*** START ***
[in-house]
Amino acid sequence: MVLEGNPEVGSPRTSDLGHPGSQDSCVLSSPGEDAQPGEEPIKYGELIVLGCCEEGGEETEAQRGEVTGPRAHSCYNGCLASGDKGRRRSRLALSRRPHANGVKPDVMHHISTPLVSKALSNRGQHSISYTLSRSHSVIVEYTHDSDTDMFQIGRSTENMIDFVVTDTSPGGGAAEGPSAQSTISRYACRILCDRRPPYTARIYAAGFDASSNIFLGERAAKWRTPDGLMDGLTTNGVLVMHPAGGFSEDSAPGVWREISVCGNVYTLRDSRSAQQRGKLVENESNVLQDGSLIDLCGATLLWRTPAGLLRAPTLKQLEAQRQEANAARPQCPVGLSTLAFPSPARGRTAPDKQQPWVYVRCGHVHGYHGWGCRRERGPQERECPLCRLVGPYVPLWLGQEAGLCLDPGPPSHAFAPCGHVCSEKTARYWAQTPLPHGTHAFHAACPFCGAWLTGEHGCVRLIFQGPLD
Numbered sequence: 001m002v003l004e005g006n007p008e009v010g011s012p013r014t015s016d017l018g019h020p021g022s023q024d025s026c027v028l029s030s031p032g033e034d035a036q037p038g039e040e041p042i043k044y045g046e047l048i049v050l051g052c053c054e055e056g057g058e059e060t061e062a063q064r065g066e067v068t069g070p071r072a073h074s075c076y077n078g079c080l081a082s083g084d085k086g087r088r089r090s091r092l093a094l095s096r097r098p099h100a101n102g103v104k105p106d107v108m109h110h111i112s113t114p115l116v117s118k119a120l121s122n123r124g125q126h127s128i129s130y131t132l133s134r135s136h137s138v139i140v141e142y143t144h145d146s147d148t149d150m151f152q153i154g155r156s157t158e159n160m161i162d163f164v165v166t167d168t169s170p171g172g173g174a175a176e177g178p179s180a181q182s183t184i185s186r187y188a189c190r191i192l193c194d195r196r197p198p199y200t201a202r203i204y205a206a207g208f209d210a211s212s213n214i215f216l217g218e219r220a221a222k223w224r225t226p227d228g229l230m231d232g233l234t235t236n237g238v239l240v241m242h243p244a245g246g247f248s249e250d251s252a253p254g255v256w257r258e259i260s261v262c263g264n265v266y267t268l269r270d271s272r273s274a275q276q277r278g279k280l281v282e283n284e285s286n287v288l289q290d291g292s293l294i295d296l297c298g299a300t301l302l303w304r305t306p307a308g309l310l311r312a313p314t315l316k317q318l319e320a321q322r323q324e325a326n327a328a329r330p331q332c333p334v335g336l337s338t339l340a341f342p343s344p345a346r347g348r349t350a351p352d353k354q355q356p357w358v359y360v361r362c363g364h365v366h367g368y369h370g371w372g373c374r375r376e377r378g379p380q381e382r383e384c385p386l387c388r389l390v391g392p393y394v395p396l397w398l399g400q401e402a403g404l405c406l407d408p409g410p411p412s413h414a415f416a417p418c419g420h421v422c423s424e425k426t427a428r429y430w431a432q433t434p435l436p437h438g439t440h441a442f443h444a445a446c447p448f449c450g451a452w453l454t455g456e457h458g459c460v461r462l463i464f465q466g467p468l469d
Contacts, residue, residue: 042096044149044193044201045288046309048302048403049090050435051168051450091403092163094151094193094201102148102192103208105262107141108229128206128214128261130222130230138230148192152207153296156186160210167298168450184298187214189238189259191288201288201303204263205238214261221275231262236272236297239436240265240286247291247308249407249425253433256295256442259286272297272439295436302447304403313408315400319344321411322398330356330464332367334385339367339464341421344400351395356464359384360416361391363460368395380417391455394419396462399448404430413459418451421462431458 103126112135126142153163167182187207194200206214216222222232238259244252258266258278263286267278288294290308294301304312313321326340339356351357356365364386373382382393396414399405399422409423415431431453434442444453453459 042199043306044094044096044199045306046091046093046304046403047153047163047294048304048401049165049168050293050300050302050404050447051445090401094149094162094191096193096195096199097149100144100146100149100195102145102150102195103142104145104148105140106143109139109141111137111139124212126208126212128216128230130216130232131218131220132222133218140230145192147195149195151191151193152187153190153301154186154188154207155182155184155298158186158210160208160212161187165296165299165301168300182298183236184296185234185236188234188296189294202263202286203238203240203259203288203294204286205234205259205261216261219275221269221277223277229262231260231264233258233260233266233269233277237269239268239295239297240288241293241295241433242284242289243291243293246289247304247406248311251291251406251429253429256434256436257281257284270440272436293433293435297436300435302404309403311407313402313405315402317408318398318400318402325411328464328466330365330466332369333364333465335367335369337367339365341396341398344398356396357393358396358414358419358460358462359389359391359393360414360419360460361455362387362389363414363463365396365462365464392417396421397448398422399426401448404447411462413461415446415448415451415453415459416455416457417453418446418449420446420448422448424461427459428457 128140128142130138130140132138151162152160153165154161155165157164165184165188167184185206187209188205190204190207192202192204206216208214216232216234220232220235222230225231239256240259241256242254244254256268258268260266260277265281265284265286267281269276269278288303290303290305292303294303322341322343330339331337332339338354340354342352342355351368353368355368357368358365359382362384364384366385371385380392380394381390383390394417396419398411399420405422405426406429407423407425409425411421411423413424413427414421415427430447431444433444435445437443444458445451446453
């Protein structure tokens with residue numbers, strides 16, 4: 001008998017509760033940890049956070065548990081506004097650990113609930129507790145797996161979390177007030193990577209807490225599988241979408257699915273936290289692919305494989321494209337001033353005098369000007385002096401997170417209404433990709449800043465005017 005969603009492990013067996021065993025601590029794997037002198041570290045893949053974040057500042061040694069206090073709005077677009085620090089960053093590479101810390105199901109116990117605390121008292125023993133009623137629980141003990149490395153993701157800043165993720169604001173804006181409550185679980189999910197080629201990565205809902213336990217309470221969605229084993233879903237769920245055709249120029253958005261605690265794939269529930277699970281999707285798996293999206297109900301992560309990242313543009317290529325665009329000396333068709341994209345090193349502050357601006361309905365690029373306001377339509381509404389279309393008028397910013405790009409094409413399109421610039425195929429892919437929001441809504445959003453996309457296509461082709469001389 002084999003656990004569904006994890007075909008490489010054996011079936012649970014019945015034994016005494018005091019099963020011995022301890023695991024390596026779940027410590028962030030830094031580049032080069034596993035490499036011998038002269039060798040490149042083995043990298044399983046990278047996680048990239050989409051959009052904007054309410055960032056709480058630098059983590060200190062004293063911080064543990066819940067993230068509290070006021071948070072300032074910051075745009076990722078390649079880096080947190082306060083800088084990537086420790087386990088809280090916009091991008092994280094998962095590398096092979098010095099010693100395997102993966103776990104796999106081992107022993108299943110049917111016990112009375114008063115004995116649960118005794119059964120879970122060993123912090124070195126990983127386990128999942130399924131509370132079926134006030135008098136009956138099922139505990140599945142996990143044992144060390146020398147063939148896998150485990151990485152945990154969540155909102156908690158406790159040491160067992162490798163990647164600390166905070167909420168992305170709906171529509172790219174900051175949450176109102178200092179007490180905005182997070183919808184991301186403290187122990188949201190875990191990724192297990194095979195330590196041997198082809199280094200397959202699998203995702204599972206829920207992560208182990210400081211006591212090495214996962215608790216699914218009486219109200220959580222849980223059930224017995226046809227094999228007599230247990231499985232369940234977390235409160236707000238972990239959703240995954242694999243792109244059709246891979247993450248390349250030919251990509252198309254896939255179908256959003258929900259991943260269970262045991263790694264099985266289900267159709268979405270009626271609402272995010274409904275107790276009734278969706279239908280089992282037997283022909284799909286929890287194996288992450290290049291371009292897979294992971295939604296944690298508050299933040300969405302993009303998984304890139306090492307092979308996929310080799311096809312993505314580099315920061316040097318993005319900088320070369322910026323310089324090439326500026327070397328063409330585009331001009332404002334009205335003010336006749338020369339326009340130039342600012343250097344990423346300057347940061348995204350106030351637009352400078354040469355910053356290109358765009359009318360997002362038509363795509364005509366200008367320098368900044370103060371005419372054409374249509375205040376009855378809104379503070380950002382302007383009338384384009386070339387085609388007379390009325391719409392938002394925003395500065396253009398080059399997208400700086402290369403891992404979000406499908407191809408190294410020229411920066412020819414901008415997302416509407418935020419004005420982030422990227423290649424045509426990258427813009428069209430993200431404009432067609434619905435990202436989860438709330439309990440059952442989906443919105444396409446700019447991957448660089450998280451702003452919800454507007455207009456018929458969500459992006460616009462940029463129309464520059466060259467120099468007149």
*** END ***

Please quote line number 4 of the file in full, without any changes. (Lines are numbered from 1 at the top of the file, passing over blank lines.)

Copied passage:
Contacts, residue, residue: 042096044149044193044201045288046309048302048403049090050435051168051450091403092163094151094193094201102148102192103208105262107141108229128206128214128261130222130230138230148192152207153296156186160210167298168450184298187214189238189259191288201288201303204263205238214261221275231262236272236297239436240265240286247291247308249407249425253433256295256442259286272297272439295436302447304403313408315400319344321411322398330356330464332367334385339367339464341421344400351395356464359384360416361391363460368395380417391455394419396462399448404430413459418451421462431458 103126112135126142153163167182187207194200206214216222222232238259244252258266258278263286267278288294290308294301304312313321326340339356351357356365364386373382382393396414399405399422409423415431431453434442444453453459 042199043306044094044096044199045306046091046093046304046403047153047163047294048304048401049165049168050293050300050302050404050447051445090401094149094162094191096193096195096199097149100144100146100149100195102145102150102195103142104145104148105140106143109139109141111137111139124212126208126212128216128230130216130232131218131220132222133218140230145192147195149195151191151193152187153190153301154186154188154207155182155184155298158186158210160208160212161187165296165299165301168300182298183236184296185234185236188234188296189294202263202286203238203240203259203288203294204286205234205259205261216261219275221269221277223277229262231260231264233258233260233266233269233277237269239268239295239297240288241293241295241433242284242289243291243293246289247304247406248311251291251406251429253429256434256436257281257284270440272436293433293435297436300435302404309403311407313402313405315402317408318398318400318402325411328464328466330365330466332369333364333465335367335369337367339365341396341398344398356396357393358396358414358419358460358462359389359391359393360414360419360460361455362387362389363414363463365396365462365464392417396421397448398422399426401448404447411462413461415446415448415451415453415459416455416457417453418446418449420446420448422448424461427459428457 128140128142130138130140132138151162152160153165154161155165157164165184165188167184185206187209188205190204190207192202192204206216208214216232216234220232220235222230225231239256240259241256242254244254256268258268260266260277265281265284265286267281269276269278288303290303290305292303294303322341322343330339331337332339338354340354342352342355351368353368355368357368358365359382362384364384366385371385380392380394381390383390394417396419398411399420405422405426406429407423407425409425411421411423413424413427414421415427430447431444433444435445437443444458445451446453